that may occur at other centres who use our enrichment ideas.
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Structural enrichment is the addition into the enclosure of semi-
permanent or permanent structures that encourage increased
activity, natural foraging behaviours, and natural forms of
Some structural enrichment can be changed semi-regularly so that
the animals dont become too familiar with and lose interest in these
items. Other types of structural enrichment may be more permanent
structures, which can be used randomly and for different purposes
so that the animal does not cease to engage with the item at all.
This type of enrichment provides animals with structures that make
them more comfortable, and can encourage them to be more active
and playful. Therefore, we believe good structural enrichment is the
baseline for providing good captive care.
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Platforms and climbing structures Enrichment for: all species
Platforms are an essential form of long term structural enrichment for most species. Platforms can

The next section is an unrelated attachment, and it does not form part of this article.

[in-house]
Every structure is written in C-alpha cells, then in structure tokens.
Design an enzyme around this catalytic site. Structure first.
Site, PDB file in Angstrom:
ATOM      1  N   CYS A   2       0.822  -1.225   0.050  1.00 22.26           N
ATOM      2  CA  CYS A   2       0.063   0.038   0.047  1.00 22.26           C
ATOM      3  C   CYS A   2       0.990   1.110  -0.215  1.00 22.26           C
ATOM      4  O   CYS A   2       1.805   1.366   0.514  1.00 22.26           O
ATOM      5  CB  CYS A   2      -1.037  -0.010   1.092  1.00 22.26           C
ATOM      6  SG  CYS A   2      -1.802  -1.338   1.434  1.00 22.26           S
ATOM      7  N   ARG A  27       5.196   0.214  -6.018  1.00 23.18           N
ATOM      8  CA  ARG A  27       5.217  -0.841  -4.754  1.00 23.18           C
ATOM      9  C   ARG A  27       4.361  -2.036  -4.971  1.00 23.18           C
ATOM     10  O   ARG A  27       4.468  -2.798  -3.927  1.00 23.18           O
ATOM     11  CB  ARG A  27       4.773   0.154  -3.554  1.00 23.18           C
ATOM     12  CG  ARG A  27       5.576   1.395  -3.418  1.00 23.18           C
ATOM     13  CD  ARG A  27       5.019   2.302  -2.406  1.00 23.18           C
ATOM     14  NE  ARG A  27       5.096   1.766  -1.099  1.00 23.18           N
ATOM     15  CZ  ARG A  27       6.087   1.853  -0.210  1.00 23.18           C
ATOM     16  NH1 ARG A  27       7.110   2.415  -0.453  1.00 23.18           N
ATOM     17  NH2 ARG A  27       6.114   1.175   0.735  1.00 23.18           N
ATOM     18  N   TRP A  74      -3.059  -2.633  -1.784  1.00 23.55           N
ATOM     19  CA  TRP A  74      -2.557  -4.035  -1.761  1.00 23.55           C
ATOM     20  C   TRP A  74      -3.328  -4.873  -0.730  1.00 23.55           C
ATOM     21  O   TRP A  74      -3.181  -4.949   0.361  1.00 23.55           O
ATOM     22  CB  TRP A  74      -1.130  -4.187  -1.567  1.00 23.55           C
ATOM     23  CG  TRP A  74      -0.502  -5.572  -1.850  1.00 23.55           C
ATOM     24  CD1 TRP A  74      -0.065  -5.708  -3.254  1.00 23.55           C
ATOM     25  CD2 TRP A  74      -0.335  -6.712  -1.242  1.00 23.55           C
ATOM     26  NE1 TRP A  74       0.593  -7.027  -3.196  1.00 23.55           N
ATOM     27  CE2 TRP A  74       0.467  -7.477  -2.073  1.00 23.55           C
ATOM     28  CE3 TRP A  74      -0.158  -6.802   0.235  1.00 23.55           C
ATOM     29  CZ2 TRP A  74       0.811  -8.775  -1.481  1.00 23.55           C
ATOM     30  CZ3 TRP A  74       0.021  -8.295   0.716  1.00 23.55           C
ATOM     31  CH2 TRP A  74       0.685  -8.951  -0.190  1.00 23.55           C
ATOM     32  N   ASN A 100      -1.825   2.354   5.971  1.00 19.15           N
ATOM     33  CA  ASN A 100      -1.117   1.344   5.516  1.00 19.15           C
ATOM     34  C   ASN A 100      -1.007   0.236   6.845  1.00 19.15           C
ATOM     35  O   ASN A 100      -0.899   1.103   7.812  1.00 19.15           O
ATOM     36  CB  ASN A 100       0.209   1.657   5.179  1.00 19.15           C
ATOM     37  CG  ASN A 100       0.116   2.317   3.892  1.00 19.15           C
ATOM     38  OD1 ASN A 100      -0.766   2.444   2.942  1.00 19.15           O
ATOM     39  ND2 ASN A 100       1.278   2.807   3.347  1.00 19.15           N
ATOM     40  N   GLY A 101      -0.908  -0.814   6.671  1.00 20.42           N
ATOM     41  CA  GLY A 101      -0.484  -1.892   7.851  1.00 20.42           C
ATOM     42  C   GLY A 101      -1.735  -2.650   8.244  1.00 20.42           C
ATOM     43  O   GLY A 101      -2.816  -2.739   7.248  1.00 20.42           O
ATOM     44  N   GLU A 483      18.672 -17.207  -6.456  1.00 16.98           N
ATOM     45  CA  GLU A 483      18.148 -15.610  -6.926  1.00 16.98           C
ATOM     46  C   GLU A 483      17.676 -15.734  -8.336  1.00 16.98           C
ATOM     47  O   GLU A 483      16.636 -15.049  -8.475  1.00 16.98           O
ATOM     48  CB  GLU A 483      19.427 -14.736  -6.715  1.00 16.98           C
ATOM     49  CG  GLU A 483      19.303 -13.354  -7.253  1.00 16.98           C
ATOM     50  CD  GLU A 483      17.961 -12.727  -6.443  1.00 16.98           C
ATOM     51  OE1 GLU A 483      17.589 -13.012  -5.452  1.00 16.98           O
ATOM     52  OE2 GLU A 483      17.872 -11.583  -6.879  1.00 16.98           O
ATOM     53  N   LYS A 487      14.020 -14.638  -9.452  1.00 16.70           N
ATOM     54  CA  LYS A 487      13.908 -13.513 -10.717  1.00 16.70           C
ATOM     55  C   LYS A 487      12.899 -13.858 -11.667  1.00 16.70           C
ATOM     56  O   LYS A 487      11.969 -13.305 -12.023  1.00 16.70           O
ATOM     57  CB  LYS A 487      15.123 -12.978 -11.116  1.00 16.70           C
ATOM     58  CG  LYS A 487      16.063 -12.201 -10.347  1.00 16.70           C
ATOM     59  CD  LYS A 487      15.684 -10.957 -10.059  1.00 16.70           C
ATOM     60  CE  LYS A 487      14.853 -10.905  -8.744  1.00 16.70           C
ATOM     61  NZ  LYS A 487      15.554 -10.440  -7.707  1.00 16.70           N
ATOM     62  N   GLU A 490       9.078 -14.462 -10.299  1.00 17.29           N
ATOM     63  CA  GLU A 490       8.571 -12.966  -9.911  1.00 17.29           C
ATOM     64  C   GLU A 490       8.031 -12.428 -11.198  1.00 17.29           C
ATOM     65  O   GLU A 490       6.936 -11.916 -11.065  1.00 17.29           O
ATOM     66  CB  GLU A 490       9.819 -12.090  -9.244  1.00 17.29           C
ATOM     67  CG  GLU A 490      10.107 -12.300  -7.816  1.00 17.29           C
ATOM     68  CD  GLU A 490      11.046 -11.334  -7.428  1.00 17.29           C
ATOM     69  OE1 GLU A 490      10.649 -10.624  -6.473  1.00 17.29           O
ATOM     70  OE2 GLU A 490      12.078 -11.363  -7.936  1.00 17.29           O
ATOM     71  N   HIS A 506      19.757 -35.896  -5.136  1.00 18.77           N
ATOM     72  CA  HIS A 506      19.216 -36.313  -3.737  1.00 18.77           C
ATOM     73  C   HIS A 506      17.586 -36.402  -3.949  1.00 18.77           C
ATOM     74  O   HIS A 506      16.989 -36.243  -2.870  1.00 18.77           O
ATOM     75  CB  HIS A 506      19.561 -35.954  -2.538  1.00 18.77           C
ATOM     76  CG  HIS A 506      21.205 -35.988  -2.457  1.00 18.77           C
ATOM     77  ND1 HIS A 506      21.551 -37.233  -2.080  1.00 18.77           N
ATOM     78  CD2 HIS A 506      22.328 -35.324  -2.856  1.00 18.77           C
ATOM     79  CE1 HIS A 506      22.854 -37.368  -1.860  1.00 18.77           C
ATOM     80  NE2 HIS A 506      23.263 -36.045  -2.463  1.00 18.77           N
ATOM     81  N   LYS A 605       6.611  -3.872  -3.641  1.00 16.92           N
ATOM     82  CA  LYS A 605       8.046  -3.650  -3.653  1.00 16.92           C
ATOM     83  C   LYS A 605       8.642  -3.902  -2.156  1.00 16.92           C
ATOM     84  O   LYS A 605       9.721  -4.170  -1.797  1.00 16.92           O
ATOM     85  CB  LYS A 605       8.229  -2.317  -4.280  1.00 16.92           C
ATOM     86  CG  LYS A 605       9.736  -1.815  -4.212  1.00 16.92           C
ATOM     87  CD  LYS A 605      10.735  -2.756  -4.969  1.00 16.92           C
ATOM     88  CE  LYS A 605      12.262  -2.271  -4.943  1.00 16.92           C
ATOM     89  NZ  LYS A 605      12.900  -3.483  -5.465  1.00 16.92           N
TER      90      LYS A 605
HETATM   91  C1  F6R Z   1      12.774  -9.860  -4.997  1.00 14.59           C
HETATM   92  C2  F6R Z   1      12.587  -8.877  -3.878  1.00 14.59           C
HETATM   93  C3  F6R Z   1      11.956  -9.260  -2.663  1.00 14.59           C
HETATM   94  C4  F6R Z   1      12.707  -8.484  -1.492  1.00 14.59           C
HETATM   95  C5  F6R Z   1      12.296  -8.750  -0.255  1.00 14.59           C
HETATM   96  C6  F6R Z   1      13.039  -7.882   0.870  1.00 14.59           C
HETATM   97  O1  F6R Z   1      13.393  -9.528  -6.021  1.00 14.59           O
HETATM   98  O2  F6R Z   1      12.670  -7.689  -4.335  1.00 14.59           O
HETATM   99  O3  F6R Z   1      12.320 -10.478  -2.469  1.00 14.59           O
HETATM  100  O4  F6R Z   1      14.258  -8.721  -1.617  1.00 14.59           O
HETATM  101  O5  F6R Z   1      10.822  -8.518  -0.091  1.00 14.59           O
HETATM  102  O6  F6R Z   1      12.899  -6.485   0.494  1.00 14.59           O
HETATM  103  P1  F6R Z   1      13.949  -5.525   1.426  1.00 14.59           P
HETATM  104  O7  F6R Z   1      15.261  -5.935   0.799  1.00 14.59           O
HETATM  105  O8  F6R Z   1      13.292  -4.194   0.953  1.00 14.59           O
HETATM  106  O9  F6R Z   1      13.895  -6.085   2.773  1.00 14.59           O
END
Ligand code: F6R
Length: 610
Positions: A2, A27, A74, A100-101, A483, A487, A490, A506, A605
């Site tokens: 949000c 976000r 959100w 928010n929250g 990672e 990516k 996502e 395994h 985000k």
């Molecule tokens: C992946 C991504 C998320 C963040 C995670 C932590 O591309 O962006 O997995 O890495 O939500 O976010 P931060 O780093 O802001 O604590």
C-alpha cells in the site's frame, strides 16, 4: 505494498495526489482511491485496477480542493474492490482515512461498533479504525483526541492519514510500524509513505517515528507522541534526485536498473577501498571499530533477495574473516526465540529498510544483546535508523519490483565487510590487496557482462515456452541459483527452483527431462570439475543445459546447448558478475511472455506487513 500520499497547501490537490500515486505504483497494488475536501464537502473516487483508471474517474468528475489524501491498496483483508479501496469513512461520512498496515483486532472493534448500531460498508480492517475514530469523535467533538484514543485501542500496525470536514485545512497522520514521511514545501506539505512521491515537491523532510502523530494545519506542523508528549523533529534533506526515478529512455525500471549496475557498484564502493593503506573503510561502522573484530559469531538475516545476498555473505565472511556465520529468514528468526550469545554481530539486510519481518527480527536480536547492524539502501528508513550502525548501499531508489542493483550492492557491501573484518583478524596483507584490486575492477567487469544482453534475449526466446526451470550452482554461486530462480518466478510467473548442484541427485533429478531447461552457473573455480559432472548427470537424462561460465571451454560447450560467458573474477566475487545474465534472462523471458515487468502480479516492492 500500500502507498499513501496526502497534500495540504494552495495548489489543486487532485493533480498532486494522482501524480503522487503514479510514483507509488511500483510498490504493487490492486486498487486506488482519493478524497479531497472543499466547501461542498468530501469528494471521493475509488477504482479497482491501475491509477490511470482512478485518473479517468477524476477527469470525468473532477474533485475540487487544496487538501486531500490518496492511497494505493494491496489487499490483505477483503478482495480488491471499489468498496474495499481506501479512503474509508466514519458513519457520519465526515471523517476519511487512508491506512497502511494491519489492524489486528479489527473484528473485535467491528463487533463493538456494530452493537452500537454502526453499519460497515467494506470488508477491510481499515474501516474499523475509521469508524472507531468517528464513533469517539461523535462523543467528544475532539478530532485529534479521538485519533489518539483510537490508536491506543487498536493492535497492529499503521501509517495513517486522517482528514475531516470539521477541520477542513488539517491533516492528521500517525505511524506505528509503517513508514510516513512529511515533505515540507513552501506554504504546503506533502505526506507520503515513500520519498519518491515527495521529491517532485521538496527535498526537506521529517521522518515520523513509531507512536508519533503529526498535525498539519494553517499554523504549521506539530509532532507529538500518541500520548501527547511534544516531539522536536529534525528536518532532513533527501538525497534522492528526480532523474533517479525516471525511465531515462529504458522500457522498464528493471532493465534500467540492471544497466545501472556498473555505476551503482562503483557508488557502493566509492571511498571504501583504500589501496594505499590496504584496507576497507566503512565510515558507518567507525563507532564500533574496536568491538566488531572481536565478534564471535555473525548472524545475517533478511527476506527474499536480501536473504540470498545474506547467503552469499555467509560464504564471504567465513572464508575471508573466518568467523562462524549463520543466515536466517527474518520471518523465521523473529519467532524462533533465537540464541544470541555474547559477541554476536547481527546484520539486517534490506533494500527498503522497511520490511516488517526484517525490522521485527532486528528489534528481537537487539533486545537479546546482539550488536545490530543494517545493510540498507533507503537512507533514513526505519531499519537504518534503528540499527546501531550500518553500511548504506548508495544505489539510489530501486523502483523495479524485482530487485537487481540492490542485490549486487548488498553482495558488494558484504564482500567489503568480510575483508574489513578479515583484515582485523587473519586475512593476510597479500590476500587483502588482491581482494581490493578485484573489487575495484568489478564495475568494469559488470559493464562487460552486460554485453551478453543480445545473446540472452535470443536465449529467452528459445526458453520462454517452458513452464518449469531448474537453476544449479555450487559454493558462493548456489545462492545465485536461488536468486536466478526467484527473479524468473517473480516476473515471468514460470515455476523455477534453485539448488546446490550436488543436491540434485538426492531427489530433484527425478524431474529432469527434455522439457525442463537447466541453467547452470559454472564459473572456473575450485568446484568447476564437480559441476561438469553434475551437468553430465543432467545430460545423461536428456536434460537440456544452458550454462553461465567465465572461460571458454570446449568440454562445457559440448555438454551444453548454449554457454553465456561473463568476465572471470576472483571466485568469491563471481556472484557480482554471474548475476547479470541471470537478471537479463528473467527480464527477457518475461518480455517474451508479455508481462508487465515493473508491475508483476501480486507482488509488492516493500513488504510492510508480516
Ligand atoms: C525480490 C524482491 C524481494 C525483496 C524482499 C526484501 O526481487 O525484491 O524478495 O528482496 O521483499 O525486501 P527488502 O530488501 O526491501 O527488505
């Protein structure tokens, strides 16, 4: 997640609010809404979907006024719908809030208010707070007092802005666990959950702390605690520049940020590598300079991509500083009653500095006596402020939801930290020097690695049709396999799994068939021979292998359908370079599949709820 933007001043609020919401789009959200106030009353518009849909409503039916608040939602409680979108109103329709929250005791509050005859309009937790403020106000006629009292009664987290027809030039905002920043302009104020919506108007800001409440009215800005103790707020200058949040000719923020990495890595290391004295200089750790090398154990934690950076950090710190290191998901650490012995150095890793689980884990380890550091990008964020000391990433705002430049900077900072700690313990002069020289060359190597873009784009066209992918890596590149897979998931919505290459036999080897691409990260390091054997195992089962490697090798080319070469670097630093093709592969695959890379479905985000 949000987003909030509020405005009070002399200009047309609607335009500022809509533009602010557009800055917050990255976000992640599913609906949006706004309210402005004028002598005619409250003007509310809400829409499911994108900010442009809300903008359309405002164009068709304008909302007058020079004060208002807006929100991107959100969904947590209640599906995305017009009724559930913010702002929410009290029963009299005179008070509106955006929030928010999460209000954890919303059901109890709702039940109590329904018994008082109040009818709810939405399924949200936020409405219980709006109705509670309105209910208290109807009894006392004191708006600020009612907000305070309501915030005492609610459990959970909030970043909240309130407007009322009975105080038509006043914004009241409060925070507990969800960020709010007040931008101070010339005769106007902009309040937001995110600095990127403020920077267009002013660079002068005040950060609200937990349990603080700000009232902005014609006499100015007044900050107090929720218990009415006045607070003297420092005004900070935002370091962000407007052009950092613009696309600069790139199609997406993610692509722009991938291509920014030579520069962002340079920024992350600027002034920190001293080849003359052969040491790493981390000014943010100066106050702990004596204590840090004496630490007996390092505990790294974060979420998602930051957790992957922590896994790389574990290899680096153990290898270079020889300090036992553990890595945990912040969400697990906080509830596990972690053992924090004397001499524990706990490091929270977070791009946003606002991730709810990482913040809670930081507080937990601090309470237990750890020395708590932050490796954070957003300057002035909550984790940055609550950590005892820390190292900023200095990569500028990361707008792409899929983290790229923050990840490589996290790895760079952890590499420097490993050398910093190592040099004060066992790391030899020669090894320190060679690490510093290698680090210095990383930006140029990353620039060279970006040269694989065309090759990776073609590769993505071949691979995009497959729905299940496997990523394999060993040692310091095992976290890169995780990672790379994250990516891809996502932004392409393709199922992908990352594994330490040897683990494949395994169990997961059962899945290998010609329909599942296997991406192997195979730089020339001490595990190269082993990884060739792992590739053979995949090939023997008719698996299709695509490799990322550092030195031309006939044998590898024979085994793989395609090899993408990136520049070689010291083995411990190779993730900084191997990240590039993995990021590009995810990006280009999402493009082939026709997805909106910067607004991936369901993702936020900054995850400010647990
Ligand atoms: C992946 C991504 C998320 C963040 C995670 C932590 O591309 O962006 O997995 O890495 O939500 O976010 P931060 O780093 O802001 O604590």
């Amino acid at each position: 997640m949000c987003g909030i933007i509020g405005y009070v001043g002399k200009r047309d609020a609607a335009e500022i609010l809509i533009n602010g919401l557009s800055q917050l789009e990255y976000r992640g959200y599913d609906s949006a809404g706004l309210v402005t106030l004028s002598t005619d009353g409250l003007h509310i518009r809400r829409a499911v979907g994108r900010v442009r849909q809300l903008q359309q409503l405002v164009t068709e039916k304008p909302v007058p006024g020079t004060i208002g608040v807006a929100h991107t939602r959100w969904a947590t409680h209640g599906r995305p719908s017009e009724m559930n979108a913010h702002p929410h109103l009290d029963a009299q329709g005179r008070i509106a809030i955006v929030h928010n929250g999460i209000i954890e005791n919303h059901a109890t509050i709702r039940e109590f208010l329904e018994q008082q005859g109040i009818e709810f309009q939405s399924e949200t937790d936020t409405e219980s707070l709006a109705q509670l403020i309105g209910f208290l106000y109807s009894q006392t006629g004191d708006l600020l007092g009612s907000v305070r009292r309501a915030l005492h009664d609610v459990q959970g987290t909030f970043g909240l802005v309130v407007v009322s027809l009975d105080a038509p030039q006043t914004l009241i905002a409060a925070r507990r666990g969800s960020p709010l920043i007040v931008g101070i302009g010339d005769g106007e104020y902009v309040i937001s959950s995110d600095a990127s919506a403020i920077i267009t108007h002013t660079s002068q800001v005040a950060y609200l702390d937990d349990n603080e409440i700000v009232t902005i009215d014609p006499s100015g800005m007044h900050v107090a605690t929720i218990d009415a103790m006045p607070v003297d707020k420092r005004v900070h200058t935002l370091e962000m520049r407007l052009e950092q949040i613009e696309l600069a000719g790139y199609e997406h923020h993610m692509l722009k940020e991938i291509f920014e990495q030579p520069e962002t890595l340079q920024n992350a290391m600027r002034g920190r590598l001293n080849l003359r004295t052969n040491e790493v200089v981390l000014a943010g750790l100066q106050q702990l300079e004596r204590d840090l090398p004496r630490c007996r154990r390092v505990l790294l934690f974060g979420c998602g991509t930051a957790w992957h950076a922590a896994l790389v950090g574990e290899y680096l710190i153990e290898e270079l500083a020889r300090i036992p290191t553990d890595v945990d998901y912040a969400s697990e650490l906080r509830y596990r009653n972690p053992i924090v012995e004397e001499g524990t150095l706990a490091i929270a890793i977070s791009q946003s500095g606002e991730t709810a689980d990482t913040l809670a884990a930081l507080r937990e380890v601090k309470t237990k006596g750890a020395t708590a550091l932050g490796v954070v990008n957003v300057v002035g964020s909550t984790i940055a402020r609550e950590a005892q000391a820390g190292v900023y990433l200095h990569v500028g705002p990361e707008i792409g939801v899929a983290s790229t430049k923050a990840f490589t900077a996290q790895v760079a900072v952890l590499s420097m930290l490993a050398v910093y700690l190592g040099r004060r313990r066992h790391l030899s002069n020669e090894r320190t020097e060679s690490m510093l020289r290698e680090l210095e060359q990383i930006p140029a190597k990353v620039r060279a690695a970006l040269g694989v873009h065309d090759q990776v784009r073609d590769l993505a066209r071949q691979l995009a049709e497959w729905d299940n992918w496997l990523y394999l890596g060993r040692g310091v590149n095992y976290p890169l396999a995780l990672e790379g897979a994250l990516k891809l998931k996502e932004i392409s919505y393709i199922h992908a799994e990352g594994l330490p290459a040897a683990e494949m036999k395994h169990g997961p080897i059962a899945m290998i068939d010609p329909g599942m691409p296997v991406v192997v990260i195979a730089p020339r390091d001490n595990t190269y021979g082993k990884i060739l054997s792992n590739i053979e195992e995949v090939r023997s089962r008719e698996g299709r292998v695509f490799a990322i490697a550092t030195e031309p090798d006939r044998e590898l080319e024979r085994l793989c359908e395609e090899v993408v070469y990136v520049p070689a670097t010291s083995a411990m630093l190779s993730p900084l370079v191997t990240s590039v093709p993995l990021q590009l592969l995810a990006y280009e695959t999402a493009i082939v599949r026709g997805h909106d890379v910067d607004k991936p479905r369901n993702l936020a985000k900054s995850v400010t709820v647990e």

take many forms, from a simple ledge on which the animal can rest on off the ground to a tower
with many levels that the animal can climb and play on.
Most species benefit from platforms for a variety of different reasons:
For the orangutan, climbing platforms are an integral part of the enclosure as they encourage the
orangutan to play, eat and rest off the ground, which is far healthier for them than spending time on
the ground where they are likely to come into contact with intestinal parasites much more readily. In
addition to this, climbing platforms also provide a structure from which other enrichment items such
as ropes and hammocks can be fixed. Hanging ropes between the platforms allows the orangutan to